- UK Editors
- Roger Jones and John Quinn
Editors for The Americas - Bruce Hodges and Jonathan Spencer Jones
European Editors - Bettina Mara and Jens F Laurson
Consulting Editor - Bill Kenny
Assistant Webmaster -Stan Metzger
Founder - Len Mullenger
Google Site Search
SEEN AND HEARD
mal Gardée: Ballet
to the music of Ferdinand Hérold and John Lanchbery, performed by dancers from
the Birmingham Royal Ballet, together with the Royal Ballet Sinfonia, conducted
by Philip Ellis. Birmingham Hippodrome, 2.3.2011 (GR).
Widow: Simone David Morse
Lise: Nao Sakuma
Colas: Iain Mackay
Thomas: Jonathan Payn
Alain Robert: Gravenor
Birmingham Royal Ballet's supremo David Bintley hinted in the programme that the timing of this revival of La Fille mal gardée might coincide with a touch of spring. But the Birmingham weather for the first performance of its brief run on Mar 2nd 2011 was decidedly wintry. What was evident was the bounce in the step of the corps dancers of the BRB and a release of genuine warmth from their performance. It is a whopping 51 years since the Frederick Ashton version of this romcom first hit the floor; its history at the Birmingham Hippodrome is almost as long and judging by the smiling faces and spontaneous laughter from the packed house, it had lost none of its appeal. And it was a real team effort - on stage, behind the scenes and in the pit.
What is it about this ballet that makes it so lovable? Being a family show helps! Then there is its transparent story and collection of enchanting incidents that go to make up the whole. Act I got off to a cracking start. Despite the Frenchness of the named protagonists, the initial frontage design of Osbert Lancaster was quintessentially English and the Sinfonia added to the colours of his landscape. Our escort into the first scene was a flashy cockerel and four chickens - their free range of movement and playful demeanour clearly depicting an era long before any battery-hen concepts. In Widow Simone's farmyard, Lise was dreaming of Colas, the love of her life, pinning up a ribbon on the barn door. This symbol of her love became a delightful thread throughout Ashton's interpretation: noticed by Colas he ties it to his staff (without innuendo) using the proverbial lover's knot; whenever their dance steps drove them apart it served as the most delicate of lassoos to bring them back together, both physically and emotionally; as the pair broke from one of their many amorous clinches, the ribbon magically retained their attachment with a cat's cradle. And as the ribbons multiplied in the following ensemble numbers, so the metaphors continued thick and fast - love was 'reined in', while skipping ropes evoked carefree summer days and as their lips met yet again, the village gang drew a series of kisses across the stage. But Thomas, the prosperous vineyard owner, and farmer Simone had other ideas: a match that would unite their two businesses. That Lise might be persuaded to marry halfwit Alain was of course a non-starter. Enough of such frivolities,; it was time for all to bring in the harvest, and what better way for the good Widow to travel to the fields than by pony and trap? The biggest sigh of the evening from the audience was for the cuddly and well-behaved animal.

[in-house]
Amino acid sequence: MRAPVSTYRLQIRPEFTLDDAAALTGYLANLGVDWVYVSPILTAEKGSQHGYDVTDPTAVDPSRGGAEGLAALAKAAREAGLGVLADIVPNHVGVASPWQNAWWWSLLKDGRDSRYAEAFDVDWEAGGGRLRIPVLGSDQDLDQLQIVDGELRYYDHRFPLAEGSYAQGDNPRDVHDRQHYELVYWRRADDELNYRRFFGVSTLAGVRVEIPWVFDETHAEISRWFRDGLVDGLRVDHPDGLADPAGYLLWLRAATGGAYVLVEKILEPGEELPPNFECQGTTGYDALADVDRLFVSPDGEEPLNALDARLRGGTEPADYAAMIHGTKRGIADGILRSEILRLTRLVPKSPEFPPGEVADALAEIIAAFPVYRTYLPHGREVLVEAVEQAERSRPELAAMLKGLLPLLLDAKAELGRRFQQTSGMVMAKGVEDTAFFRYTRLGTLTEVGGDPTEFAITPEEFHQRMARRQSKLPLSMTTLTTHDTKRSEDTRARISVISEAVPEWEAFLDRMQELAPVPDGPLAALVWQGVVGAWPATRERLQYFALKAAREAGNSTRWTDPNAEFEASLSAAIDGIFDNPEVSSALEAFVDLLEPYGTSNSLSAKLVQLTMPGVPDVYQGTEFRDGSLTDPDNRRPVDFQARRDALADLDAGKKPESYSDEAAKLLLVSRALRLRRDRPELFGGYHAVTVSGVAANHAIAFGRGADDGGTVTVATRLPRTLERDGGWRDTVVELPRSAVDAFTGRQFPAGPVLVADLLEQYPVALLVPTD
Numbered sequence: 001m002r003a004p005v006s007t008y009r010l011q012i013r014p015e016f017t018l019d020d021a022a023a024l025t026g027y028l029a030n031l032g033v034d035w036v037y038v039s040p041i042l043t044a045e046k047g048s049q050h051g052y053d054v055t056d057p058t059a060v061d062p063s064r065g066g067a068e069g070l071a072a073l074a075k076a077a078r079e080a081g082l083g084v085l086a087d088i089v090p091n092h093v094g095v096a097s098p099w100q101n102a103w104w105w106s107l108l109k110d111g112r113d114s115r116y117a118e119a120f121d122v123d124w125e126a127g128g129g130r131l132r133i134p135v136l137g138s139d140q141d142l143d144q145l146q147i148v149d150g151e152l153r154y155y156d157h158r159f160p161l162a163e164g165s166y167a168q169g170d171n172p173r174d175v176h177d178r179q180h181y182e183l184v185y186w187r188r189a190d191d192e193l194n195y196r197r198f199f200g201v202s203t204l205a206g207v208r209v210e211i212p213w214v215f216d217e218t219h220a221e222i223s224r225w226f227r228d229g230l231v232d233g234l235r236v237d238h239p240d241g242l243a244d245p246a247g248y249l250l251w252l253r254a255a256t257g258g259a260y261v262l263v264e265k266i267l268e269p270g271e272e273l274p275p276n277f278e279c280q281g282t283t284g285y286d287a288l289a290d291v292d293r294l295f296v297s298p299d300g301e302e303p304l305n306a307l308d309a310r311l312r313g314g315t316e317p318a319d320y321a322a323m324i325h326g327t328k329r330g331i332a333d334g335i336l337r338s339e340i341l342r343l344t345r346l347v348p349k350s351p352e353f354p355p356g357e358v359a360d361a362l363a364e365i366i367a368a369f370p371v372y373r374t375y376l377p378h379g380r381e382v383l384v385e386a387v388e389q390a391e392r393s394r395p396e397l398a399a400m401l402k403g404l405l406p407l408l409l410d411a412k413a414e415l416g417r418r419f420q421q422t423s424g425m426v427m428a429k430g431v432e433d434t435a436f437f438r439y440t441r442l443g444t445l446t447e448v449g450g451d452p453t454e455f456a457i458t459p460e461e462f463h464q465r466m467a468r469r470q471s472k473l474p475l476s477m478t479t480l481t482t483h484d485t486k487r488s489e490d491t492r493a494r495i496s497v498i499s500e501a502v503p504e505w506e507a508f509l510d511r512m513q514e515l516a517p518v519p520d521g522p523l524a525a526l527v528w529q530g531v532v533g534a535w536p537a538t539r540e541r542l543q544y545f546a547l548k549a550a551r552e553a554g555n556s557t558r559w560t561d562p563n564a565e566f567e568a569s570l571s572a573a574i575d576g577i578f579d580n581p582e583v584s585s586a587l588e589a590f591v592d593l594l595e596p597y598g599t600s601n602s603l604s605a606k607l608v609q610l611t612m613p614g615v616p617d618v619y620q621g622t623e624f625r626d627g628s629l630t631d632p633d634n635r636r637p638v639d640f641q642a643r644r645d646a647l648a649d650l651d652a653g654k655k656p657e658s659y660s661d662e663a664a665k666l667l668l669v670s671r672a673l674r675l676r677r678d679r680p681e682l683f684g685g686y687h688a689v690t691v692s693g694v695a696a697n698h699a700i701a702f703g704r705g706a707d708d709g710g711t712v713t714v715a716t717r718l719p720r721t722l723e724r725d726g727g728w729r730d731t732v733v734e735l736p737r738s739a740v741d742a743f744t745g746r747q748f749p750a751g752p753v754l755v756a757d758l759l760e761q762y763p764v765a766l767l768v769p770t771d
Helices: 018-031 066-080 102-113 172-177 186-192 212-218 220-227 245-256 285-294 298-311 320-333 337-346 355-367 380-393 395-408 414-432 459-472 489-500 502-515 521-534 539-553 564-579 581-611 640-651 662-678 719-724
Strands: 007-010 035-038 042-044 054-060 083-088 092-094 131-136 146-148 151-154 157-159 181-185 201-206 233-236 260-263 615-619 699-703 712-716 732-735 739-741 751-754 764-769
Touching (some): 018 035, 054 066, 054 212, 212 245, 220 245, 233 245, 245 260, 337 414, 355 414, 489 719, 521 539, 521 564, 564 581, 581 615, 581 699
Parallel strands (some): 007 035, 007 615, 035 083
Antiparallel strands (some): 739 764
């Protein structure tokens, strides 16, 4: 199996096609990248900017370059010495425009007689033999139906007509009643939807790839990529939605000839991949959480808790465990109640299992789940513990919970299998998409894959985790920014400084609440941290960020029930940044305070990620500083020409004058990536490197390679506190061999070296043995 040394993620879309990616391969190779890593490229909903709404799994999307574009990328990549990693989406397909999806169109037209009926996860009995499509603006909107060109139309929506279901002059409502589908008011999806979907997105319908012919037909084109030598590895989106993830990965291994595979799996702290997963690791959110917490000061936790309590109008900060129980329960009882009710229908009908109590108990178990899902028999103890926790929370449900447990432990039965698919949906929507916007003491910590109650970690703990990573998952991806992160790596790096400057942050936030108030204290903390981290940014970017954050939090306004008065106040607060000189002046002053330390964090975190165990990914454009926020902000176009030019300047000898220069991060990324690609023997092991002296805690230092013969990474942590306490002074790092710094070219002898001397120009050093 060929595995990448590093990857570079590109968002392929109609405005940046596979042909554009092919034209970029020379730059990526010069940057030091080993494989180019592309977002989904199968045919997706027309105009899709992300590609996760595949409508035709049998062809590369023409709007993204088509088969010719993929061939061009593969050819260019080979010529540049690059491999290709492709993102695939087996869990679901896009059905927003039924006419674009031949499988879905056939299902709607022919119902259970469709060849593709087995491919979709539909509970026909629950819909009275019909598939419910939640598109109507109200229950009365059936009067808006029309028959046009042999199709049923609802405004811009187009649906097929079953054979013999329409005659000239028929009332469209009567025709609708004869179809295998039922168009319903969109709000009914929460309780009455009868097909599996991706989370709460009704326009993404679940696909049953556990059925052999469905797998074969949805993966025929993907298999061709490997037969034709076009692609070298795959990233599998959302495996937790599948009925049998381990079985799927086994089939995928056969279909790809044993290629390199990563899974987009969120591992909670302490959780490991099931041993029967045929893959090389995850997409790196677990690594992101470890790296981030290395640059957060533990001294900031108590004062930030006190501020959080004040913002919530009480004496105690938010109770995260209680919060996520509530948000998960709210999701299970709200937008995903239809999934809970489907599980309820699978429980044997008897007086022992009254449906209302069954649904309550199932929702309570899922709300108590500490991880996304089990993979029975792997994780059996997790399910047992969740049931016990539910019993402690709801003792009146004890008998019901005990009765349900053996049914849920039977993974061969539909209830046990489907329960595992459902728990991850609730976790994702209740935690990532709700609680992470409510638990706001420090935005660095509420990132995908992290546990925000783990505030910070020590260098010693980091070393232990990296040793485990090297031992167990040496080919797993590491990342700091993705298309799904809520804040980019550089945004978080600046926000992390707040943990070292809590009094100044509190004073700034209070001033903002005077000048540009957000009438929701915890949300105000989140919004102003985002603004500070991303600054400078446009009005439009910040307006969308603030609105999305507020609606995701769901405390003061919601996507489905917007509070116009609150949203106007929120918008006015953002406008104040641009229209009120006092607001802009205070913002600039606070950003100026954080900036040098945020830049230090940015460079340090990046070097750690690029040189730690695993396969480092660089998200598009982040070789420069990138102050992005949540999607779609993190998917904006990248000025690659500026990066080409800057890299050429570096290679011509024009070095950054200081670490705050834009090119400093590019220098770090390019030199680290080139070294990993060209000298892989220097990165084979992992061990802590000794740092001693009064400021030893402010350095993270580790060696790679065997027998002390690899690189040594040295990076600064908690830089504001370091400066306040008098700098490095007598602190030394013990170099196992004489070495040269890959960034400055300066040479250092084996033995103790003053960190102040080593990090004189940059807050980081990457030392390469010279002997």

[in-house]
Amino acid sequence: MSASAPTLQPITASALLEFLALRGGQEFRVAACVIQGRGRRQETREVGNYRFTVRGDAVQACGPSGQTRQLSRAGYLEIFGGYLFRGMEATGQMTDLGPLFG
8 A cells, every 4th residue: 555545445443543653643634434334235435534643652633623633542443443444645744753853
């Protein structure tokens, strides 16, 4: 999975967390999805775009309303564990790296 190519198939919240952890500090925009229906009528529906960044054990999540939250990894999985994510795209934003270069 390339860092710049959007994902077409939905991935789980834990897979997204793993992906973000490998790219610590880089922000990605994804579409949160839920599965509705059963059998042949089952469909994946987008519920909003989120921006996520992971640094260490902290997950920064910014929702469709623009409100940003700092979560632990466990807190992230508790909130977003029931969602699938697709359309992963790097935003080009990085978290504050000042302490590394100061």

More crowing from the chickens
heralded the return of pony and passengers; the hay gathering process of Act II
could begin. Each member of the BRB corps de ballet was
armed with a sickle and his or her sweeping strokes were incorporated into the
pulsating choreography, matching the music blow for blow. Cutting hay by hand